European telecom group Altice bids for Bouygues Telecom

Published 22.06.2015 23:44
Updated 22.06.2015 23:49
European telecom group Altice bids for Bouygues Telecom

The ambitious owner of France's phone and Internet provider SFR is making an offer to buy rival Bouygues Telecom. European telecommunications company Altice announced yesterday that it has made an offer through its subsidiary Numericable-SFR for Bouygues. Bouygues Telecom confirmed it had received the "unsolicited" offer and said it would hold a meeting of its board on Tuesday to discuss the takeover bid. "There is no negotiation underway," stressed Bouygues.Altice bought SFR from Vivendi last year in a deal for more than $20 billion, and recently entered the U.S. market with a $9.1 billion stake in Missouri-based Suddenlink Communications. Altice has operations in France, Belgium, Portugal, Switzerland, Israel and elsewhere. Meanwhile, shares in leading French telecoms operators soared yesterday, according to AFP. Neither company disclosed the actual value of the takeover offer. But traders were jubilant at the prospect of consolidation in the French telecoms market and rushed to buy stock in both companies. At the opening bell, Numericable-SFR, a subsidiary of the parent group Altice, was up more than 13 percent while Bouygues was up more than 14 percent. Another player, Iliad - which owns operator Free - was also up by more than 10 percent. The main French stock index, the CAC 40, was also in the black, up nearly three percent on optimism a deal could be found over Greece. Altice said in its statement that it would likely resell some of the assets to Iliad/Free if the deal went ahead.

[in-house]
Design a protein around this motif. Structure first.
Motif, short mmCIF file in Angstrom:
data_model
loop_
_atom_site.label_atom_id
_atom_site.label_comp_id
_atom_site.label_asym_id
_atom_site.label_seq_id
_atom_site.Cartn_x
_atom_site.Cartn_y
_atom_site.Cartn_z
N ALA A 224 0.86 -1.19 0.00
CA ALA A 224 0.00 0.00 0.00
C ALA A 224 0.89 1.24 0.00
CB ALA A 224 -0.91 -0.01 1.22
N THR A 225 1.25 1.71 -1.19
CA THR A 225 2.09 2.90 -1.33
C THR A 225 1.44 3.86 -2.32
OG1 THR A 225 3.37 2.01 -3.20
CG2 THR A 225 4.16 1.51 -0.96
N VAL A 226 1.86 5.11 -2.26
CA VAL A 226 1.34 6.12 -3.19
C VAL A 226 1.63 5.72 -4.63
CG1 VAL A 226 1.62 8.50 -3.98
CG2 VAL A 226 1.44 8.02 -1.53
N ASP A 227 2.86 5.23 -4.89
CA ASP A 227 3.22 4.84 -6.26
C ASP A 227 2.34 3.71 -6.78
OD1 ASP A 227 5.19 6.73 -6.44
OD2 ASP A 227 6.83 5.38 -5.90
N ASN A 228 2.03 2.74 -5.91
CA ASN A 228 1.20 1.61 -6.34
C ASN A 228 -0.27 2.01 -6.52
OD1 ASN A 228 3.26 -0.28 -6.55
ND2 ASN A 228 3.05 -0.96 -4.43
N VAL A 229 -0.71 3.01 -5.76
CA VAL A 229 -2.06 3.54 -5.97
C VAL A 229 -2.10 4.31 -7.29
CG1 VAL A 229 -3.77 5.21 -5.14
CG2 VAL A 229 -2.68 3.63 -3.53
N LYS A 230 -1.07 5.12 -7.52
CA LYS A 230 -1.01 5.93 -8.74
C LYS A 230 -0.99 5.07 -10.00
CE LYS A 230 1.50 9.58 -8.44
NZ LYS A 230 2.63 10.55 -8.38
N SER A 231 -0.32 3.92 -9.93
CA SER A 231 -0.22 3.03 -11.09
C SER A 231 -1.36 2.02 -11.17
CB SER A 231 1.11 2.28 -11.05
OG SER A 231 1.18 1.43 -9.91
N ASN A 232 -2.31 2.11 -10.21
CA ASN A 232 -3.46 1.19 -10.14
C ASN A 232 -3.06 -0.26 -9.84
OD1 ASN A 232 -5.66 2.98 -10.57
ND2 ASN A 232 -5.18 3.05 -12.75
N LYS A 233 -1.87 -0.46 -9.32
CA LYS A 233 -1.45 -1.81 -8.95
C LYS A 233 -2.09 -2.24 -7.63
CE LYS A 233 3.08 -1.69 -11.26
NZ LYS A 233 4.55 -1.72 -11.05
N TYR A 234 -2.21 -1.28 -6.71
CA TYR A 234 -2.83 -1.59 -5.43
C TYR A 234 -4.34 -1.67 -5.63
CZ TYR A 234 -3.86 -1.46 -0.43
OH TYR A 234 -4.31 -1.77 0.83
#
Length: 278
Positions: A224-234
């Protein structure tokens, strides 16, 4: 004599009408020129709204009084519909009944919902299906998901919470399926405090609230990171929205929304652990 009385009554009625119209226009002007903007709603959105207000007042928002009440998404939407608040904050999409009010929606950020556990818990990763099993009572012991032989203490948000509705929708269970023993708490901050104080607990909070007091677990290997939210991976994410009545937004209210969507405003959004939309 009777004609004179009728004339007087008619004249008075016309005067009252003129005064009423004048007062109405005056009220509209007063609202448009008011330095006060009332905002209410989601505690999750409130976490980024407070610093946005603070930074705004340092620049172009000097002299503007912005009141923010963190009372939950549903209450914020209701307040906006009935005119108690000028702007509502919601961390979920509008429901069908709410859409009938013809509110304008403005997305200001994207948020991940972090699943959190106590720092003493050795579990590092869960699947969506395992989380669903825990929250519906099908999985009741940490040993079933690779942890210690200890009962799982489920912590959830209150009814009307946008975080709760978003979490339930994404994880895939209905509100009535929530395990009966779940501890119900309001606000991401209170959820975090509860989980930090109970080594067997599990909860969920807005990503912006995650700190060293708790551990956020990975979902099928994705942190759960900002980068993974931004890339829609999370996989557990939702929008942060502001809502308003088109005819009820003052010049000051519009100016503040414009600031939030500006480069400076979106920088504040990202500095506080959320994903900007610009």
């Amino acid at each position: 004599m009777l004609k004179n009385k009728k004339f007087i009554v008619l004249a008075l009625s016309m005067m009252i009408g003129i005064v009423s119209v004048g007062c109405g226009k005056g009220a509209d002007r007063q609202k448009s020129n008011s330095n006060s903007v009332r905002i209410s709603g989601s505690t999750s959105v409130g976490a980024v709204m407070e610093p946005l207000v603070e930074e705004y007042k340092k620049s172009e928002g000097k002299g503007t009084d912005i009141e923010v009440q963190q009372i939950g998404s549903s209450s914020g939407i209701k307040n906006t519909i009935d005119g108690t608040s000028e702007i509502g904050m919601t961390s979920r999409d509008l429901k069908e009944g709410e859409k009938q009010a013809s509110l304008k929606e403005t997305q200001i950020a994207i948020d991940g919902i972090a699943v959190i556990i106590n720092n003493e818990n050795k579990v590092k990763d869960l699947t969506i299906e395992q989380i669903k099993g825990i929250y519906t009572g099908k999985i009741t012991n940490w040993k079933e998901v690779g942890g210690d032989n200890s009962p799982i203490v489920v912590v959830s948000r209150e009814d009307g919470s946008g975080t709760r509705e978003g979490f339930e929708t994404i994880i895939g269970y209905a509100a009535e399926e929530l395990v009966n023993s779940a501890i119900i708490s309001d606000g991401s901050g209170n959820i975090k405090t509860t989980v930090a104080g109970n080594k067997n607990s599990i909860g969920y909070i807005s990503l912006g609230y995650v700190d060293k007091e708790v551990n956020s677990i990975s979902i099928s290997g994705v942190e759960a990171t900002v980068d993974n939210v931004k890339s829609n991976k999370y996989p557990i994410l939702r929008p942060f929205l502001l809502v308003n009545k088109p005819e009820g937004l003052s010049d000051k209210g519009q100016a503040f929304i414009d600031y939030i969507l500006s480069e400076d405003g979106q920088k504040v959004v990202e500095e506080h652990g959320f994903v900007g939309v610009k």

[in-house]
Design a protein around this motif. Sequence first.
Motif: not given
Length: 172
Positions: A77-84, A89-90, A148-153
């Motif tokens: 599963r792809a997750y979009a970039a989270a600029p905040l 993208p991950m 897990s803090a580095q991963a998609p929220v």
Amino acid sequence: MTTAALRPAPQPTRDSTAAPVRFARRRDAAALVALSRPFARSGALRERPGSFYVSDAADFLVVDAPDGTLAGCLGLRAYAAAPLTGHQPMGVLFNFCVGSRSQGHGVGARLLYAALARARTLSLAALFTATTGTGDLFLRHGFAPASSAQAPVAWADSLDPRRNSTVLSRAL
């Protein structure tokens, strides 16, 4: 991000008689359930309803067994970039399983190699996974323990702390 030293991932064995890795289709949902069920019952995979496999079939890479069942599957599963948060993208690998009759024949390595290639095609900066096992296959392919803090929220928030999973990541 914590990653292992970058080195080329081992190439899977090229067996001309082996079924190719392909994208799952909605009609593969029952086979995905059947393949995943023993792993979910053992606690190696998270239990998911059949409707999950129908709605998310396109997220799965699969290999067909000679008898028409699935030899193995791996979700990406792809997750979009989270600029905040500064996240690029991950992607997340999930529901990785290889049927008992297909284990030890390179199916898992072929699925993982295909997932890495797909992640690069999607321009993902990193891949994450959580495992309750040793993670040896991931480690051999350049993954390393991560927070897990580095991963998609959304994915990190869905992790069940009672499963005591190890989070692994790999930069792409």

According to the Journal de Dimanche weekly, which broke news of the possible tie-up on Sunday, Free would get some of Bouygues's mobile frequency, antennas and shops, while some of its employees may end up at market leader Orange.

However, the French government immediately came out against the deal, with Economy Minister Emmanuel Macron saying: "Consolidation is currently undesirable for the sector."

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